Discoverywill be about 600 feet (182 meters) from the ISS when Lindsey puts the shuttle throughits orbital acrobatics at about 9:52 a.m. EDT (1352 GMT). Vinogradov andWilliams will use 800 mm and 400 mm digital still cameras to photographDiscovery's tile-lined undercarriage at resolutions of between one and threeinches, respectively.

Imageanalysts on the ground will pore through those photographs to determine if anyof the numerous small black tiles along Discovery's undercarriage were damagedby debris during launch.

"We'll haveour early assessment of the underside of the vehicle, the tiles of the vehicle,"said John Shannon, NASA's deputy shuttle program manager, of the plannedRendezvous Pitch Maneuver photography during a Wednesday press briefing here at NASA's Johnson Space Center.

Third astronaut'sa charm

Alsobearing down on the ISS along with Discovery is Reiter, a German astronaut andthe first non-U.S. or Russian spaceflyer to take an extended flight to theorbital research laboratory.

But Reiter'sstatus as the third member of Expedition 13 won't be final until his Soyuz seatliner is transferred into place aboard the Russian-built Soyuz TMA-8 spacecraftthat brought Vinogradov and Williams to the ISS on April 1.

"As soon asmy seat liner is there, I will be an official member of the station crew,"Reiter said in a NASA preflight interview.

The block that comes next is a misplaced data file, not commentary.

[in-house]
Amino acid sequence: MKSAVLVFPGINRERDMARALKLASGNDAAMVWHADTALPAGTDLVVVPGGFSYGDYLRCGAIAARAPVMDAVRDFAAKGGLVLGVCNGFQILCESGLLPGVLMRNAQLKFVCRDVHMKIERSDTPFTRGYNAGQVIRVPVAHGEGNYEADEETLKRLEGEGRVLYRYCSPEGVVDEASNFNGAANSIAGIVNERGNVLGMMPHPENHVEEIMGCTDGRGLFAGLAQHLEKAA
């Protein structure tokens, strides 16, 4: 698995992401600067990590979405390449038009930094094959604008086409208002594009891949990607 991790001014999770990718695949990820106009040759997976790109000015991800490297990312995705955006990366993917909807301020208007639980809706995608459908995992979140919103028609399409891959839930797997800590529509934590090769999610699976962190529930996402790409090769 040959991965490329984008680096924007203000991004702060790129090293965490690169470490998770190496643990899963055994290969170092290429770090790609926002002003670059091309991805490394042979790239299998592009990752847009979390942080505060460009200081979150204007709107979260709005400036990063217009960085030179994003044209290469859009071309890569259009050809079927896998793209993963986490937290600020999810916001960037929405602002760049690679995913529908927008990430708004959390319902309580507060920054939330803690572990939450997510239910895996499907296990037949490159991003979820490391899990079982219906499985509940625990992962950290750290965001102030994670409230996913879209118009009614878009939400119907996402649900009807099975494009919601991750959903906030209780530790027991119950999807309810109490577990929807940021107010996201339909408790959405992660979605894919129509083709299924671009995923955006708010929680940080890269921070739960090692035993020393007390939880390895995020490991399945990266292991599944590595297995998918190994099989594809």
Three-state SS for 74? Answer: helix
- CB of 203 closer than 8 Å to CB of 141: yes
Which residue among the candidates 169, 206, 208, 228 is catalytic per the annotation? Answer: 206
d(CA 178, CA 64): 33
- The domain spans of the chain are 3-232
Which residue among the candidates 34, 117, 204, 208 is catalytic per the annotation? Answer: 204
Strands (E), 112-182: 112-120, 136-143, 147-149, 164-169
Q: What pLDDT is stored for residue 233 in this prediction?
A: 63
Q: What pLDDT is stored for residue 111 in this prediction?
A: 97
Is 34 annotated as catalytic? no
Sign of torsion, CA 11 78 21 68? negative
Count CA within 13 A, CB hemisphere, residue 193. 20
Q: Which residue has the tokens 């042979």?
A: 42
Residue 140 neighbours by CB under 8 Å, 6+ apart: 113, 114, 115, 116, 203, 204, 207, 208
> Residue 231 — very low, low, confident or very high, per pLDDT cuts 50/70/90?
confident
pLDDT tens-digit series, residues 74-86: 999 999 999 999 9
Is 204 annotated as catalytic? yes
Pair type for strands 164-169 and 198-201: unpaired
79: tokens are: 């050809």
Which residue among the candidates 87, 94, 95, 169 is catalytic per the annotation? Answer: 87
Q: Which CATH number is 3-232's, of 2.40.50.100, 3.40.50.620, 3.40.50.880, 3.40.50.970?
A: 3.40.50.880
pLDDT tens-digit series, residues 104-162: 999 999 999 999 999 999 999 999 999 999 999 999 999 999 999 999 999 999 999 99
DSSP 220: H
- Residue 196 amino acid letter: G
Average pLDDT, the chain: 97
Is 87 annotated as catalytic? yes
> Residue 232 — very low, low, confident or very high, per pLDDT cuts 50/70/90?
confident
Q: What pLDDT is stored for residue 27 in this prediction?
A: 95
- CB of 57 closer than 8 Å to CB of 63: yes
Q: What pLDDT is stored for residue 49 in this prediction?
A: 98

Transferringthe seat liner is one of Reiter's first activities and currently scheduled tooccur at 2:02 p.m. EDT (1802 GMT).

Reiter isexpected to serve aboard the ISS through the remainder of the Expedition 13mission and the first half of the Expedition14 mission, which is currently set to launch on Sept. 16. He is also slatedto return to Earth in December during Discovery's STS-116 shuttle mission, NASAsaid.

"Ithink this moment signifies that we are getting back on track, if I may say so,"Reiter said before launch. "There has been an interruption of three years whereonly two people were working on board the station, and now we are actually backin a state that we can continue with the assembly."

NASAwill broadcast Discovery's ISS docking beginning at 5:08 a.m. EDT (0908 GMT). Youare invited to follow along with the STS-121 and Expedition 13 crews using's NASATV feed, which is available by clicking here.

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Tariq Malik

Tariq is the Editor-in-Chief of and joined the team in 2001, first as an intern and staff writer, and later as an editor. He covers human spaceflight, exploration and space science, as well as skywatching and entertainment. He became's Managing Editor in 2009 and Editor-in-Chief in 2019. Before joining, Tariq was a staff reporter for The Los Angeles Times covering education and city beats in La Habra, Fullerton and Huntington Beach. In October 2022, Tariq received the Harry Kolcum Award for excellence in space reporting from the National Space Club Florida Committee. He is also an Eagle Scout (yes, he has the Space Exploration merit badge) and went to Space Camp four times as a kid and a fifth time as an adult. He has journalism degrees from the University of Southern California and New York University. You can find Tariq at and as the co-host to the This Week In Space podcast with space historian Rod Pyle on the TWiT network. To see his latest project, you can follow Tariq on Twitter @tariqjmalik.